25. Simpson AG, Inagaki Y, Roger AJ: Comprehensive multigene phylogenies of excavate protists reveal the evolutionary positions of “primitive” eukaryotes. Mol Biol Evol. 2006, 23 (3): 615-625.PubMedView ArticleGoogle Scholar
  26. Burki F, Inagaki Y, Bråte J, Archibald JM, Keeling P, Cavalier-Smith T, Sakaguchi M, Hashimoto T, Horak A, Kumar S, et al: Large-scale phylogenomic analyses reveal that two enigmatic protist lineages, Telonemia and Centroheliozoa, are related to photosynthetic chromalveolates. Genome Biol Evol. 2009, 1: 231-238.PubMedPubMed CentralView ArticleGoogle Scholar
  27. Hampl V, Hug LA, Leigh JW, Dacks JB, Lang BF, Simpson AGB, Roger AJ: Phylogenetic analyses support the monophyly of Excavata and resolve relationships among eukaryotic “supergroups”. Proc Natl Acad Sci USA. 2009, 106 (10): 3859-3864. 10.1073/pnas.0807880106.PubMedPubMed CentralView ArticleGoogle Scholar
  28. Roger AJ, Simpson AG: Evolution: revisiting the root of the eukaryote tree. Curr Biol. 2009, 19 (4): R165-R167. 10.1016/j.cub.2008.12.032.PubMedView ArticleGoogle Scholar
  29. Burki F, Shalchian-Tabrizi K, Pawlowski J: Phylogenomics reveals a new ‘megagroup’ including most photosynthetic eukaryotes. Biol Lett. 2008, 4 (4): 366-369. 10.1098/rsbl.2008.0224.PubMedPubMed CentralView ArticleGoogle Scholar
  30. Burki F, Shalchian-Tabrizi K, Minge M, Skjaeveland A, Nikolaev SI, Jakobsen KS, Pawlowski J: Phylogenomics reshuffles the eukaryotic supergroups. PLoS One. 2007, 2 (8): e790-10.1371/journal.pone.0000790.PubMedPubMed CentralView ArticleGoogle Scholar
  31. Torruella G, Derelle R, Paps J, Lang BF, Roger AJ, Shalchian-Tabrizi K, Ruiz-Trillo I: Phylogenetic relationships within the Opisthokonta based on phylogenomic analyses of conserved single-copy protein domains. Mol Biol Evol. 2012, 29 (2): 531-544. 10.1093/molbev/msr185.PubMedPubMed CentralView ArticleGoogle Scholar
  32. Cavalier-Smith T, Chao EE: Phylogeny and evolution of apusomonadida (protozoa: apusozoa): new genera and species. Protist. 2010, 161 (4): 549-576. 10.1016/j.protis.2010.04.002.PubMedView ArticleGoogle Scholar
  33. Zhao S, Burki F, Brate J, Keeling PJ, Klaveness D, Shalchian-Tabrizi K: Collodictyon--an ancient lineage in the tree of eukaryotes. Mol Biol Evol. 2012, 29 (6): 1557-1568. 10.1093/molbev/mss001.PubMedPubMed CentralView ArticleGoogle Scholar
  34. Richards TA, Cavalier-Smith T: Myosin domain evolution and the primary divergence of eukaryotes. Nature. 2005, 436 (7054): 1113-1118. 10.1038/nature03949.PubMedView ArticleGoogle Scholar
  35. Cavalier-Smith T: Kingdoms Protozoa and Chromista and the eozoan root of the eukaryotic tree. Biol Lett. 2010, 6 (3): 342-345. 10.1098/rsbl.2009.0948.PubMedPubMed CentralView ArticleGoogle Scholar
  36. Nakayama S, Kretsinger RH: Evolution of the EF-hand family of proteins. Annu Rev Biophys Biomol Struct. 1994, 23: 473-507. 10.1146/ ArticleGoogle Scholar
  37. Weiner J, Moore AD, Bornberg-Bauer E: Just how versatile are domains?. BMC Evol Biol. 2008, 8: 285-10.1186/1471-2148-8-285.PubMedPubMed CentralView ArticleGoogle Scholar
  38. Bjorklund AK, Ekman D, Light S, Frey-Skott J, Elofsson A: Domain rearrangements in protein evolution. J Mol Biol. 2005, 353 (4): 911-923. 10.1016/j.jmb.2005.08.067.PubMedView ArticleGoogle Scholar
  39. Vogel C, Teichmann SA, Pereira-Leal J: The relationship between domain duplication and recombination. J Mol Biol. 2005, 346 (1): 355-365. 10.1016/j.jmb.2004.11.050.PubMedView ArticleGoogle Scholar
  40. Tonami K, Kurihara Y, Aburatani H, Uchijima Y, Asano T, Kurihara H: Calpain 6 is involved in microtubule stabilization and cytoskeletal organization. Mol Cell Biol. 2007, 27 (7): 2548-2561. 10.1128/MCB.00992-06.PubMedPubMed CentralView ArticleGoogle Scholar
  41. Sorimachi H, Hata S, Ono Y: Calpain chronicle–an enzyme family under multidisciplinary characterization. Proc Jpn Acad Ser B Phys Biol Sci. 2011, 87 (6): 287-327. 10.2183/pjab.87.287.PubMedPubMed CentralView ArticleGoogle Scholar
  42. Hosfield CM, Elce JS, Davies PL, Jia Z: Crystal structure of calpain reveals the structural basis for Ca(2+)-dependent protease activity and a novel mode of enzyme activation. EMBO J. 1999, 18 (24): 6880-6889. 10.1093/emboj/18.24.6880.PubMedPubMed CentralView ArticleGoogle Scholar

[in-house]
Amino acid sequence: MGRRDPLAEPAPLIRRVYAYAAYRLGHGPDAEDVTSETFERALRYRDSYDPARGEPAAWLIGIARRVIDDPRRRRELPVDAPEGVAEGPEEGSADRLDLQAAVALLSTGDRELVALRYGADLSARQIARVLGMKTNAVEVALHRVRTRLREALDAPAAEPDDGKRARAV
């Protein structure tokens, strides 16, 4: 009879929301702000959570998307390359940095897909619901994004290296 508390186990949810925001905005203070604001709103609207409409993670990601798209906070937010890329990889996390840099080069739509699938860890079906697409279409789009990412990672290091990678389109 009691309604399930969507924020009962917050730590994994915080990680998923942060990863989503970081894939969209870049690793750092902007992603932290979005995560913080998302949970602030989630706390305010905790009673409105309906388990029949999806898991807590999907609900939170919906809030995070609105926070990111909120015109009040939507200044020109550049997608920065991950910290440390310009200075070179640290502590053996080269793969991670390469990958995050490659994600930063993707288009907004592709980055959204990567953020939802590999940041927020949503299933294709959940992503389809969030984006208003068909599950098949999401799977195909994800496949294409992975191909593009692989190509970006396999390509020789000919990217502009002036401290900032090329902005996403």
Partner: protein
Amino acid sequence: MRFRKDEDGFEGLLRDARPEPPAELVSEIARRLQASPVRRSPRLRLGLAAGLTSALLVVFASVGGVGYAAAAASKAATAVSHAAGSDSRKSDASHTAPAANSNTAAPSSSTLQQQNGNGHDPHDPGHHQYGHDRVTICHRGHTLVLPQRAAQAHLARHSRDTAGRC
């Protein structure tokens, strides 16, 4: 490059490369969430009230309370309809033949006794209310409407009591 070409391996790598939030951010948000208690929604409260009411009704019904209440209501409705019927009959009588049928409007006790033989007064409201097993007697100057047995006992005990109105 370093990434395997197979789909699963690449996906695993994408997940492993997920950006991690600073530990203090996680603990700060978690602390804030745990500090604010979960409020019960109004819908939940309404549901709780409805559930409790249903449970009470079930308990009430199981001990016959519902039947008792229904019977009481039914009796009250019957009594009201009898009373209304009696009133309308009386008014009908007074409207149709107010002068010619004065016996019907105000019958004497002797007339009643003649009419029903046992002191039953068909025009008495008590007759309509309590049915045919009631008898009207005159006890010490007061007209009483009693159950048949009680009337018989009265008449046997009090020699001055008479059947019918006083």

43. Hata S, Sorimachi H, Nakagawa K, Maeda T, Abe K, Suzuki K: Domain II of m-calpain is a Ca(2+)-dependent cysteine protease. FEBS Lett. 2001, 501 (2–3): 111-114.PubMedView ArticleGoogle Scholar
  44. Moldoveanu T, Gehring K, Green DR: Concerted multi-pronged attack by calpastatin to occlude the catalytic cleft of heterodimeric calpains. Nature. 2008, 456 (7220): 404-408. 10.1038/nature07353.PubMedPubMed CentralView ArticleGoogle Scholar
  45. Altschul SF, Gish W, Miller W, Myers EW, Lipman DJ: Basic local alignment search tool. J Mol Biol. 1990, 215 (3): 403-410.PubMedView ArticleGoogle Scholar
  46. Huang X, Czerwinski E, Mellgren RL: Purification and properties of the Dictyostelium calpain-like protein, Cpl. Biochemistry. 2003, 42 (6): 1789-1795. 10.1021/bi026461+.PubMedView ArticleGoogle Scholar
  47. Marchler-Bauer A, Anderson JB, DeWeese-Scott C, Fedorova ND, Geer LY, He S, Hurwitz DI, Jackson JD, Jacobs AR, Lanczycki CJ, et al: CDD: a curated Entrez database of conserved domain alignments. Nucleic Acids Res. 2003, 31 (1): 383-387. 10.1093/nar/gkg087.PubMedPubMed CentralView ArticleGoogle Scholar
  48. Letunic I, Doerks T, Bork P: SMART 6: recent updates and new developments. Nucleic Acids Res. 2009, 37: D229-D232. 10.1093/nar/gkn808.PubMedPubMed CentralView ArticleGoogle Scholar
  49. Finn RD, Mistry J, Tate J, Coggill P, Heger A, Pollington JE, Gavin OL, Gunasekaran P, Ceric G, Forslund K, et al: The Pfam protein families database. Nucleic Acids Res. 2010, 38: D211-D222. 10.1093/nar/gkp985.PubMedPubMed CentralView ArticleGoogle Scholar
  50. Krogh A, Larsson B, von Heijne G, Sonnhammer EL: Predicting transmembrane protein topology with a hidden Markov model: application to complete genomes. J Mol Biol. 2001, 305 (3): 567-580. 10.1006/jmbi.2000.4315.PubMedView ArticleGoogle Scholar
  51. Katoh K, Misawa K, Kuma K, Miyata T: MAFFT: a novel method for rapid multiple sequence alignment based on fast Fourier transform. Nucleic Acids Res. 2002, 30 (14): 3059-3066. 10.1093/nar/gkf436.PubMedPubMed CentralView ArticleGoogle Scholar
  52. Maddison WP, Maddison DR: Interactive analysis of phylogeny and character evolution using the computer program MacClade. Folia Primatol (Basel). 1989, 53 (1–4): 190-202.View ArticleGoogle Scholar
  53. Abascal F, Zardoya R, Posada D: ProtTest: selection of best-fit models of protein evolution. Bioinformatics. 2005, 21 (9): 2104-2105. 10.1093/bioinformatics/bti263.PubMedView ArticleGoogle Scholar
  54. Stamatakis A: RAxML-VI-HPC: maximum likelihood-based phylogenetic analyses with thousands of taxa and mixed models. Bioinformatics. 2006, 22 (21): 2688-2690. 10.1093/bioinformatics/btl446.PubMedView ArticleGoogle Scholar
  55. Lartillot N, Philippe H: A Bayesian mixture model for across-site heterogeneities in the amino-acid replacement process. Mol Biol Evol. 2004, 21 (6): 1095-1109. 10.1093/molbev/msh112.PubMedView ArticleGoogle Scholar


© Zhao et al.; licensee BioMed Central Ltd. 2012

This article is published under license to BioMed Central Ltd. This is an Open Access article distributed under the terms of the Creative Commons Attribution License (, which permits unrestricted use, distribution, and reproduction in any medium, provided the original work is properly cited.